The employment rate in Bihar was 33.8 per cent in September 2020, which means that only one in three adult Biharis is employed.
Over the decades, Uttar Pradesh and Bihar have been the major out-migration states.
While the issue of unemployment has taken centre stage in almost all the corners of the country, Bihar has a worse story to tell. Being among the poorest states in India, Bihar is struggling with an unemployment rate which is double the national average. After the lockdown brought high-scale economic disturbances during April and May, the unemployment rate in Bihar shot up to 46 per cent, while the all-India unemployment rate in the same period was 24 per cent, according to the Centre for Monitoring Indian Economy (CMIE). With a gradual easing in restrictions, the unemployment rate in Bihar dropped to 12 per cent, but, even this is much higher than the all-India estimate of 6.7 per cent at the same time.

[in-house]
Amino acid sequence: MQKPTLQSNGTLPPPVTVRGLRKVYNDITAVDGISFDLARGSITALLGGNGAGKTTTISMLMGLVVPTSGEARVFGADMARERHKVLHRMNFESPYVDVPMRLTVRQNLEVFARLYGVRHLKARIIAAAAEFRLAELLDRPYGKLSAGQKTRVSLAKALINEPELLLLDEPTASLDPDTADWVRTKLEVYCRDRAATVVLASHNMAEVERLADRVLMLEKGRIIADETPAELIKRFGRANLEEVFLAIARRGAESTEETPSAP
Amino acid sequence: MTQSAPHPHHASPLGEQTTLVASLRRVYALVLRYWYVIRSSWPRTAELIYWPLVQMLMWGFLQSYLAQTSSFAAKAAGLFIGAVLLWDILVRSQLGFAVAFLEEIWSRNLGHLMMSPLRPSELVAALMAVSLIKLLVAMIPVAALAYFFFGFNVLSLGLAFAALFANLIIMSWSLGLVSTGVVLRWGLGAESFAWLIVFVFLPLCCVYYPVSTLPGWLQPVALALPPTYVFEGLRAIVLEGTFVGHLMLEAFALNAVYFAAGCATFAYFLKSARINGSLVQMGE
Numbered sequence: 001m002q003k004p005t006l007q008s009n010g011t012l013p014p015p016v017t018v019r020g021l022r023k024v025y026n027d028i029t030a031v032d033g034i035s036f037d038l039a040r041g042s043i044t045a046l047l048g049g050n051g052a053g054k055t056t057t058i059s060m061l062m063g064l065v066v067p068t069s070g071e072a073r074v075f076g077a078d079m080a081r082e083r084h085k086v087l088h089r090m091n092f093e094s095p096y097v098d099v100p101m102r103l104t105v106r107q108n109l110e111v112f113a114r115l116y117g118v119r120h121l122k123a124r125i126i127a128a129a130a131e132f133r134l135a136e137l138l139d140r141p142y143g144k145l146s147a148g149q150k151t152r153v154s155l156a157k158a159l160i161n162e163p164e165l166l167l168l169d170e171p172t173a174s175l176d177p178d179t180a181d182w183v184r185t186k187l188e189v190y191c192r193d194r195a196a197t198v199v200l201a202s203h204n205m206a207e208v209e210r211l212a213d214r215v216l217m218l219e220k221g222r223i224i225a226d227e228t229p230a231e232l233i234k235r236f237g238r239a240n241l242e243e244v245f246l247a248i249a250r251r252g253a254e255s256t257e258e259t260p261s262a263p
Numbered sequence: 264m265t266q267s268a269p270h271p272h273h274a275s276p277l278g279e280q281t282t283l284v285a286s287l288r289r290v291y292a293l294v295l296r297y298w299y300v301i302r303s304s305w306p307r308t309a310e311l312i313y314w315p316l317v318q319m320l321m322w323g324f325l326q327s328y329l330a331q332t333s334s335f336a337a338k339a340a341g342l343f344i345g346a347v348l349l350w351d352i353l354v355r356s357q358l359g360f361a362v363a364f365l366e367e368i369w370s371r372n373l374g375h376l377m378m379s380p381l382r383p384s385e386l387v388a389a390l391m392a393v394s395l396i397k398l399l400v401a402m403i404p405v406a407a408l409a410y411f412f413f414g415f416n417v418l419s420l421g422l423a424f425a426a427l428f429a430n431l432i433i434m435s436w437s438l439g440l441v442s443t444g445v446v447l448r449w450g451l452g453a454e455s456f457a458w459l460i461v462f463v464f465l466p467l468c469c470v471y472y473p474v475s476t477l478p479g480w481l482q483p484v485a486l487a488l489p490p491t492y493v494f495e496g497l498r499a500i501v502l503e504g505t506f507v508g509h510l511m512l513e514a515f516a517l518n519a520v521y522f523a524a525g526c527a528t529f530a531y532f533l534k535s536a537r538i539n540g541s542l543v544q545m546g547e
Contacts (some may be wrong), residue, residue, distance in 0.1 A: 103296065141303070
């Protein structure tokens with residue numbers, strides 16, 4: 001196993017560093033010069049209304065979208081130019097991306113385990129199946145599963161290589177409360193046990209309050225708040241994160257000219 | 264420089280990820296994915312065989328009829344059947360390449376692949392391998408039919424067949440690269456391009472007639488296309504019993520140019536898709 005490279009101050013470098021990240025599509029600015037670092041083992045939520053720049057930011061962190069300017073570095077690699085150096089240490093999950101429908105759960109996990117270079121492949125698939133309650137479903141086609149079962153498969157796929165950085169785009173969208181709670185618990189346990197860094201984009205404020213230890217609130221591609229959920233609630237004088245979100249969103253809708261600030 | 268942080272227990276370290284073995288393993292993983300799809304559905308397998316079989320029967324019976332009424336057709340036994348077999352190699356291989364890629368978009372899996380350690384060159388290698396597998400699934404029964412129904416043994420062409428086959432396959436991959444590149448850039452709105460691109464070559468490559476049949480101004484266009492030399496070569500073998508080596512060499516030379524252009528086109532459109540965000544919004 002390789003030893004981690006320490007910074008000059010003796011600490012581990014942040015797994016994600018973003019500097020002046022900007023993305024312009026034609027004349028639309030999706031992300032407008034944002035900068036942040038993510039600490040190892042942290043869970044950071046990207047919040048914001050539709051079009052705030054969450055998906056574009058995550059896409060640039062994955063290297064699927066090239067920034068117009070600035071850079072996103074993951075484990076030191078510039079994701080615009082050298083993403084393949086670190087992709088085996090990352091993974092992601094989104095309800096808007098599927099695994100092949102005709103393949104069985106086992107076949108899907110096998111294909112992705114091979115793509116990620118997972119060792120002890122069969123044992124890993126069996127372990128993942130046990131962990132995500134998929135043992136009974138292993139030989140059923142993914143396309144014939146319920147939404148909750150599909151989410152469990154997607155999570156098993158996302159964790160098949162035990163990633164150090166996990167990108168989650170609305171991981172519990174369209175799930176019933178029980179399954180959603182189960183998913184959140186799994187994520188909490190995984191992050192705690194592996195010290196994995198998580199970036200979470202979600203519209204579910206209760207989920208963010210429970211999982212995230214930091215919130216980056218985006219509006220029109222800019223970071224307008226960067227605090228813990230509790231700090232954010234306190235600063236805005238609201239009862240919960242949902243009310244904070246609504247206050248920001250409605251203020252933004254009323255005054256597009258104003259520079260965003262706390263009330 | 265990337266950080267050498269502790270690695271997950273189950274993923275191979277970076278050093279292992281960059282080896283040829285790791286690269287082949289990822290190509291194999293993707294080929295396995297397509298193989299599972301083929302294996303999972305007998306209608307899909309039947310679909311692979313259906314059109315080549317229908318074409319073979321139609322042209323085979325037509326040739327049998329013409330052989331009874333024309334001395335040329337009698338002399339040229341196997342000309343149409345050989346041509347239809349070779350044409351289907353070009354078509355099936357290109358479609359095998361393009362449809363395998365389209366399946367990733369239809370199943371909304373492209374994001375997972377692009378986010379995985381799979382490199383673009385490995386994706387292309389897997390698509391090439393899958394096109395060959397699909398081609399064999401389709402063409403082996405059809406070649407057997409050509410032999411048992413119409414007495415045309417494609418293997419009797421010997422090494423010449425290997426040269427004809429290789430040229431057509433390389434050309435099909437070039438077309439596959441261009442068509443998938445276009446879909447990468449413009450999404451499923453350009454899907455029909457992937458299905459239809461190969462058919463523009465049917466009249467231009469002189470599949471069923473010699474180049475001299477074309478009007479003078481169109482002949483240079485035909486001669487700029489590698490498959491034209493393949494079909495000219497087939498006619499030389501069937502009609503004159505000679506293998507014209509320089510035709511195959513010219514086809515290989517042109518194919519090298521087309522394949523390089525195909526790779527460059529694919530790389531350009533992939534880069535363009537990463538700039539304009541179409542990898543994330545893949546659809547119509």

The employment rate in Bihar was 33.8 per cent in September 2020, which means that only one in three adult Biharis is employed. In the preceding three months, the employment rate averaged worse at a mere 30 per cent.
The woes of the migrant workers were visible throughout the country, however, Bihar had faced a stronger hit as it hosts a comparatively larger number of such workers. Over the decades, Uttar Pradesh and Bihar have been the major out-migration states, RBI said in its latest report. Even going forward, the loss of employment could be significant for some of the low-investment states like Bihar, which had seen a large chunk of migration for overseas employment in recent years, the RBI report added.
Unemployment has been rising in Bihar steadily. Surprisingly, it has been rising at a faster rate than the all-India average, mostly since 2018. In 2016 and in 2017, the unemployment rate in Bihar was lower than the all-India average. It is thus evident why the issue of unemployment has taken centre stage in Bihar elections. While the opposition has pledged to provide 10 lakh additional jobs in Bihar, it is more important to clarify the nature of jobs more than the quantum of jobs, CMIE added. Further, a one-time bonus of a million jobs or even two million doesn’t seem adequate, given the state of unemployment and the misery it entangles.